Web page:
Backward classes played a key role in BJP’s defeat in Bihar elections
In political terms, Bihar is one of the most important states of India. With a population of over a 100 million and an electorate of over 66 million, it has a legislative assembly strength of 248.
Looking for a big win in the Bihar legislative assembly election in October-November 2015, Prime Minister Narendra Modi staked all and campaigned hard addressing over 35 public rallies across the state.
Victory in the election was so important for him that he, an ‘outsider’, did not hesitate to pit himself against the local luminary, Nitish Kumar, former chief minister of Bihar.
The election results were a stinging repudiation of Modi’s ambitions. His party won only 58 seats in an assembly of 248.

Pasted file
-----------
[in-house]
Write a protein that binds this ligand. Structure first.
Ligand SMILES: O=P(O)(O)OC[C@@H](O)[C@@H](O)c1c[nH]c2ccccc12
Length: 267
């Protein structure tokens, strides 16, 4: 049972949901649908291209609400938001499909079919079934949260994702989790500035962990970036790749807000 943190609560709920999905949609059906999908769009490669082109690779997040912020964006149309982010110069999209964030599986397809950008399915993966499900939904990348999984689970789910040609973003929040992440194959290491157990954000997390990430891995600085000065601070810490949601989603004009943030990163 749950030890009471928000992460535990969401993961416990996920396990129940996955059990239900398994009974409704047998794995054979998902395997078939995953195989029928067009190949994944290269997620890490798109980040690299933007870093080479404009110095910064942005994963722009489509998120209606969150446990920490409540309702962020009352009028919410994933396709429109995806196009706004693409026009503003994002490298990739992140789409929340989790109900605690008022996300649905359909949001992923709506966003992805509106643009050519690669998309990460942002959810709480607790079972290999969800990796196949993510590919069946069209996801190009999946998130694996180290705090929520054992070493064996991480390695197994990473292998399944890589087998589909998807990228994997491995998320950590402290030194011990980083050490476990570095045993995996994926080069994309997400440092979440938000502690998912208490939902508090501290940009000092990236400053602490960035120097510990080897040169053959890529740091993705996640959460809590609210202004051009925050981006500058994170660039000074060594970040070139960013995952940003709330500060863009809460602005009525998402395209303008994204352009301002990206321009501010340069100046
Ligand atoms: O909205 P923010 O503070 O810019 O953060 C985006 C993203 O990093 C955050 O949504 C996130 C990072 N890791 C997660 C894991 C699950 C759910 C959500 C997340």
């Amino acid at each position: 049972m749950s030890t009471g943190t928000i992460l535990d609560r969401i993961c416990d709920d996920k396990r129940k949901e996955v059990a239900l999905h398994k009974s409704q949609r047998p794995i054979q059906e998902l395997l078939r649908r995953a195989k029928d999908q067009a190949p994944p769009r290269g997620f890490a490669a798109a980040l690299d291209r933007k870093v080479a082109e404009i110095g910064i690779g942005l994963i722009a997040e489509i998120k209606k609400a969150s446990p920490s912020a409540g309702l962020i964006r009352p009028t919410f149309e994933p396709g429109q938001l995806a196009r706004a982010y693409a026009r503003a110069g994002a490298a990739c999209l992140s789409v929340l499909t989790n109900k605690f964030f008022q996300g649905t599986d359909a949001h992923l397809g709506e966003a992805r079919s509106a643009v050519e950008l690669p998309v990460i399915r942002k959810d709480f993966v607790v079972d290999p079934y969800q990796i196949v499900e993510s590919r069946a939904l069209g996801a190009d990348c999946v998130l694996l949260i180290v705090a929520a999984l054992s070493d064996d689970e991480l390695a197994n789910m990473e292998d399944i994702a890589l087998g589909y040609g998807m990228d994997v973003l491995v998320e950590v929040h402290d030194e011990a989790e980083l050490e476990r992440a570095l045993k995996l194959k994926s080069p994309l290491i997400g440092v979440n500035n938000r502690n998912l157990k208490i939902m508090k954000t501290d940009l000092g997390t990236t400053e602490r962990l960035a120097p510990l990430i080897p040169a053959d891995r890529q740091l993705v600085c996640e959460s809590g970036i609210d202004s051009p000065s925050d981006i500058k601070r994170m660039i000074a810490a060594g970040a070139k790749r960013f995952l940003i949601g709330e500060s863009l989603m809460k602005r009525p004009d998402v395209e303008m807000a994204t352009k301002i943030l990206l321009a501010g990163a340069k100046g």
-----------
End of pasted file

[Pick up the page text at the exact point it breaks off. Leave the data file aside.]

The united opposition of Janata Dal United (JD-U) led by Nitish Kumar (71 seats), Rashtriya Janata Dal (RJD) led by Lalu Prasad (80 seats) and allies won an overwhelming majority of 178 seats.
The consequences of Modi’s defeat are likely to be far-reaching for Indian politics.
Lesser lights in the party have attributed the party’s poll loss to caste-related maneuvers of the opposition and faulted them for ignoring ‘development’ as advocated by Modi.
What is missed by the ruling BJP leaders in the politics of Bihar is the significant role of the movement of the Other Backward Classes (OBC) of which the victorious former chief ministers Kumar and Prasad are leading players.
The so called ‘backward classes’ have acquired a distinct national identity and have actively democratised and shaped Indian politics in the period after the 1990 Mandal Commission Report, which identified and legitimised them.